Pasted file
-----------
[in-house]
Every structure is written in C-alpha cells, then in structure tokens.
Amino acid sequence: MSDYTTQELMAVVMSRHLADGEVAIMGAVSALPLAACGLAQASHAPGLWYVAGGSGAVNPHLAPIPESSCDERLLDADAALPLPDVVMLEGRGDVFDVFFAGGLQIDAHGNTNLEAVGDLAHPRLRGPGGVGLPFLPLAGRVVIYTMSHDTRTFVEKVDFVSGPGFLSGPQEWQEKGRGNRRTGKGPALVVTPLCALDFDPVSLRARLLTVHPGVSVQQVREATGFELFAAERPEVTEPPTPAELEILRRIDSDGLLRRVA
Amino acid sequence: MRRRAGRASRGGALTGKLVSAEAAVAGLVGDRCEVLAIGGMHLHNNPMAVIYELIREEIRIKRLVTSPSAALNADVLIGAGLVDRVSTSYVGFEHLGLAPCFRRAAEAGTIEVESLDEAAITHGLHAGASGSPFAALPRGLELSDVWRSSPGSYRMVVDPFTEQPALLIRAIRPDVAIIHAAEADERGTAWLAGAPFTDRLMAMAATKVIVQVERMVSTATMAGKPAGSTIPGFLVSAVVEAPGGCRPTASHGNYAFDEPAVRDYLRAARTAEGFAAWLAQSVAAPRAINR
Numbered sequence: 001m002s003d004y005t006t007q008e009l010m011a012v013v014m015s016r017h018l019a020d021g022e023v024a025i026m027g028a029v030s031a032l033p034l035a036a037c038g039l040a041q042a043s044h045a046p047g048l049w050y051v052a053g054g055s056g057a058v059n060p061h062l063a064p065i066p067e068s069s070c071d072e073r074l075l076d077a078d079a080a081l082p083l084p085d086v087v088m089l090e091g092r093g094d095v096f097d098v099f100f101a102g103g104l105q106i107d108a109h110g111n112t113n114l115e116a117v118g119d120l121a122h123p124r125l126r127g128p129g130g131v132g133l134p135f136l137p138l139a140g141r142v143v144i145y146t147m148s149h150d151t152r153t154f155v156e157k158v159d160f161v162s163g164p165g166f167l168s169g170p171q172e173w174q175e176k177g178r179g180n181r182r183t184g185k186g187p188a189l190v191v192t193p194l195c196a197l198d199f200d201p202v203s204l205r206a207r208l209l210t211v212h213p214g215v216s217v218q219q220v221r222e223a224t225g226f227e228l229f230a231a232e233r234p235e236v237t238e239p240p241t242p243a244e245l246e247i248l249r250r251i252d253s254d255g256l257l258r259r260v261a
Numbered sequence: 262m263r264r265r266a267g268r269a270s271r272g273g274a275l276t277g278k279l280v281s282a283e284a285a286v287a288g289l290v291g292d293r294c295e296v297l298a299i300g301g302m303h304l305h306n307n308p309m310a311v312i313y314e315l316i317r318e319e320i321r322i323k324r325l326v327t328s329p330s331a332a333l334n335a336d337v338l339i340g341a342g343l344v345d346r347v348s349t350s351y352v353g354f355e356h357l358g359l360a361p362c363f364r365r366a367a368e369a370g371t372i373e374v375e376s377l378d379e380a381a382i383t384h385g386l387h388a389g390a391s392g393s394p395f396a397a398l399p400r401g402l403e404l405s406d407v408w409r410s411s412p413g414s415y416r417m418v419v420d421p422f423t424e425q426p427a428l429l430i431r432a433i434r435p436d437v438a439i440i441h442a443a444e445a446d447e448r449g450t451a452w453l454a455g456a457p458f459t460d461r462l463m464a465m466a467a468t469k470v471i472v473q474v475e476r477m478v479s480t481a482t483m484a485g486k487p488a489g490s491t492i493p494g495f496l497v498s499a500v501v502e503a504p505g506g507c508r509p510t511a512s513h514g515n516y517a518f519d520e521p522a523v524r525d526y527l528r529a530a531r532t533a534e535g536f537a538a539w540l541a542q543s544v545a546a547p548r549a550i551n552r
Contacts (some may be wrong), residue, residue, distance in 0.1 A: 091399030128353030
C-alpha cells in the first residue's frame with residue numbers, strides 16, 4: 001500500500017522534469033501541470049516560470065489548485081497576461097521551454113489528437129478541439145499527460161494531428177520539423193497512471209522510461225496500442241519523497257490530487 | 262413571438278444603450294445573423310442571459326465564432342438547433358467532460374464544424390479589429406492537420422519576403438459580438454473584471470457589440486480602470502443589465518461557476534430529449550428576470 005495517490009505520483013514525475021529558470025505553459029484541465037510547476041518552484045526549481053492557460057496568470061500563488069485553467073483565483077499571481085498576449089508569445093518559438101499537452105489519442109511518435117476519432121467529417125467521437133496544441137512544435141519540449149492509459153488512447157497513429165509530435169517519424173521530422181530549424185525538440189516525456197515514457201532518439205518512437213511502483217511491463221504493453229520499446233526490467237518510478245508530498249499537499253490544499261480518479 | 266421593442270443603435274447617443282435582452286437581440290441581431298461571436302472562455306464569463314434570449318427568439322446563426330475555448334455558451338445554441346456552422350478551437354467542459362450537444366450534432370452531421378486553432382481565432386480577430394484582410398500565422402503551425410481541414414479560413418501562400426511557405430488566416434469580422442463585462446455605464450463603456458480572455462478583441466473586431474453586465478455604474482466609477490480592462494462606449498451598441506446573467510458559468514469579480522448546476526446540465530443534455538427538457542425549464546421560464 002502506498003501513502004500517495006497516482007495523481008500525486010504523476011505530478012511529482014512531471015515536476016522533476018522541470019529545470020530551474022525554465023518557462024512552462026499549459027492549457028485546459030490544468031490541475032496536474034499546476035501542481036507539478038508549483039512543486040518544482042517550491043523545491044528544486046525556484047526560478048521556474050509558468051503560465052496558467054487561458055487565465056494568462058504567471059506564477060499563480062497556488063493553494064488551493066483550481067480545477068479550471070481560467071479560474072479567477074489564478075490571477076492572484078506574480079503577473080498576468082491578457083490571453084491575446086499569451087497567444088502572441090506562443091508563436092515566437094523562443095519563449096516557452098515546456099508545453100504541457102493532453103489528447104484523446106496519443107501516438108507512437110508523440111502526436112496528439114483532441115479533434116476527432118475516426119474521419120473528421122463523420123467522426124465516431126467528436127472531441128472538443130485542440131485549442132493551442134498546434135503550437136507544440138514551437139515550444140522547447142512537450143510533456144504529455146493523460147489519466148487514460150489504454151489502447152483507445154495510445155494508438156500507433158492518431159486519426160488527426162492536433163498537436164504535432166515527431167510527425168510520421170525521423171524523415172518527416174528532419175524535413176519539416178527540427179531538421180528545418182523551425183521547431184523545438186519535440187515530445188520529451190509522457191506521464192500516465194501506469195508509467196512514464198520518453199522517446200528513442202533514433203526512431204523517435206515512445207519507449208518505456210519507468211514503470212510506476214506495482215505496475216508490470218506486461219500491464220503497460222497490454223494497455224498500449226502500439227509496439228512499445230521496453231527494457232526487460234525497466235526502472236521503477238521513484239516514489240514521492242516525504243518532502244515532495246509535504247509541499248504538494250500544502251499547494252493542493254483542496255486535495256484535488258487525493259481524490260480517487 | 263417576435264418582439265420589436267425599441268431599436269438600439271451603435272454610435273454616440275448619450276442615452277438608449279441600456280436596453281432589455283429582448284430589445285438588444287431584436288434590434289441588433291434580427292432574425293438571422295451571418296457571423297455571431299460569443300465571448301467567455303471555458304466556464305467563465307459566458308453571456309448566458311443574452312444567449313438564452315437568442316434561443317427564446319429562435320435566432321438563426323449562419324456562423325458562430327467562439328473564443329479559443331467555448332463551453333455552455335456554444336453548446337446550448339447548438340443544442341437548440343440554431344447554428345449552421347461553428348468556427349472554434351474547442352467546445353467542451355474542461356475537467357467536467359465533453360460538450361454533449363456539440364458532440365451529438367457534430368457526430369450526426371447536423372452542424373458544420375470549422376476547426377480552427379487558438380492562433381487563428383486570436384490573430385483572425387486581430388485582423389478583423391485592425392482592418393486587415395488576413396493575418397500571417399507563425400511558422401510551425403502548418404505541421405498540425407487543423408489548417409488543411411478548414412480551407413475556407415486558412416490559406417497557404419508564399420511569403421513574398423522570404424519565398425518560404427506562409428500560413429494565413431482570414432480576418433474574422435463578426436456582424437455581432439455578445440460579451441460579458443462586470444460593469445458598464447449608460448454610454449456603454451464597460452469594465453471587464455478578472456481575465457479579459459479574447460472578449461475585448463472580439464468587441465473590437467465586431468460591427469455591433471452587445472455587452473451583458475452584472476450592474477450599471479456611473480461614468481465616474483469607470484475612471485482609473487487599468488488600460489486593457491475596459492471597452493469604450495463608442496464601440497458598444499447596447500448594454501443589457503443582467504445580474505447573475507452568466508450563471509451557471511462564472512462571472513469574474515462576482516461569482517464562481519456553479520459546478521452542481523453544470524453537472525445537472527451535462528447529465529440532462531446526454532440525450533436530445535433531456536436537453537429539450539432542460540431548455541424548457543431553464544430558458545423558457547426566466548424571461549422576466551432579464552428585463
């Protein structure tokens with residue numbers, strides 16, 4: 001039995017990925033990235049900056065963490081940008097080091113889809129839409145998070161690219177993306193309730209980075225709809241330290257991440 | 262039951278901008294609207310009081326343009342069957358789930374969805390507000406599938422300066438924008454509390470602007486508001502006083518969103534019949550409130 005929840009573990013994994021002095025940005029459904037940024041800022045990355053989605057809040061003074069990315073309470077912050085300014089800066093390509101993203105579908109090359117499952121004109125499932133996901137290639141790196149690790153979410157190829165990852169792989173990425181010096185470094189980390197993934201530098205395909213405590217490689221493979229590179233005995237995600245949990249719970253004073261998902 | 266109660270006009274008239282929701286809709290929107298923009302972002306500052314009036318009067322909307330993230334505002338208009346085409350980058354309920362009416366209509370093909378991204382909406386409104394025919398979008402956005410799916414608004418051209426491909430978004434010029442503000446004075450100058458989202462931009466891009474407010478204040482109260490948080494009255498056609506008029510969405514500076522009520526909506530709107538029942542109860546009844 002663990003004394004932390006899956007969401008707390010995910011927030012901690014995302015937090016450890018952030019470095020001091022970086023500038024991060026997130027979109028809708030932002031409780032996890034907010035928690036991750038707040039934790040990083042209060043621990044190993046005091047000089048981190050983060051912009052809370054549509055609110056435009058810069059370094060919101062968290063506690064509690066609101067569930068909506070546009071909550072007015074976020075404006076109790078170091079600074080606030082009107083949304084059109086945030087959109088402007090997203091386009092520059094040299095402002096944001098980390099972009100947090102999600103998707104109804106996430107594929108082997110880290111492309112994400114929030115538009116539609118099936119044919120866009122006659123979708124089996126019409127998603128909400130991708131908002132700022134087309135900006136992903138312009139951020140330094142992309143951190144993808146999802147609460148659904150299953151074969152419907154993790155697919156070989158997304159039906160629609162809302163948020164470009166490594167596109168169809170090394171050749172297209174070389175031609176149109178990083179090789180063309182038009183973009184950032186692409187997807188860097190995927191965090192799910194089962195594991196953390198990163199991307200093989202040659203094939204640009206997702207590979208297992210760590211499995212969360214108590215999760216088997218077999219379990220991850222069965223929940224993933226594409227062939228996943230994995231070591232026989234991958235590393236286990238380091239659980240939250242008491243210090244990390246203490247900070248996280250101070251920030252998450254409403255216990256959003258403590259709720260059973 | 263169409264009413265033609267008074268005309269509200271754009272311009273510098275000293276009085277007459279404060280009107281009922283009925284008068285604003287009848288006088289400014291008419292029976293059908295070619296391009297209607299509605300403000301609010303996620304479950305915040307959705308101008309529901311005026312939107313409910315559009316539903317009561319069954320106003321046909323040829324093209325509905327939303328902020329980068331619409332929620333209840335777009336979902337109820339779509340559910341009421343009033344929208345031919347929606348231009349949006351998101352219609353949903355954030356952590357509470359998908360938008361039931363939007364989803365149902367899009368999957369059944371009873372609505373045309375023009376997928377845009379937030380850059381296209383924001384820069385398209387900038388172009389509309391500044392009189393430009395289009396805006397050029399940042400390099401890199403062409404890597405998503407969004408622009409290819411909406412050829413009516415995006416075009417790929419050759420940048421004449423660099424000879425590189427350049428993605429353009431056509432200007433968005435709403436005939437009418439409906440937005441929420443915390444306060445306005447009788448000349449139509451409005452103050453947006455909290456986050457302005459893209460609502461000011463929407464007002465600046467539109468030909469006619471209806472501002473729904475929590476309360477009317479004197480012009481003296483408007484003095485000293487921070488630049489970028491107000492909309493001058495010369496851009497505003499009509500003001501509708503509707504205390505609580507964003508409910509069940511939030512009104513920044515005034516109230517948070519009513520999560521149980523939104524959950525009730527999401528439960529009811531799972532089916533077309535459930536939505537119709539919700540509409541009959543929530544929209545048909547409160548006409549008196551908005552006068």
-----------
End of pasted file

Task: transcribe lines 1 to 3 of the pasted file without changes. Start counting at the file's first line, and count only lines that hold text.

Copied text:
[in-house]
Every structure is written in C-alpha cells, then in structure tokens.
Amino acid sequence: MSDYTTQELMAVVMSRHLADGEVAIMGAVSALPLAACGLAQASHAPGLWYVAGGSGAVNPHLAPIPESSCDERLLDADAALPLPDVVMLEGRGDVFDVFFAGGLQIDAHGNTNLEAVGDLAHPRLRGPGGVGLPFLPLAGRVVIYTMSHDTRTFVEKVDFVSGPGFLSGPQEWQEKGRGNRRTGKGPALVVTPLCALDFDPVSLRARLLTVHPGVSVQQVREATGFELFAAERPEVTEPPTPAELEILRRIDSDGLLRRVA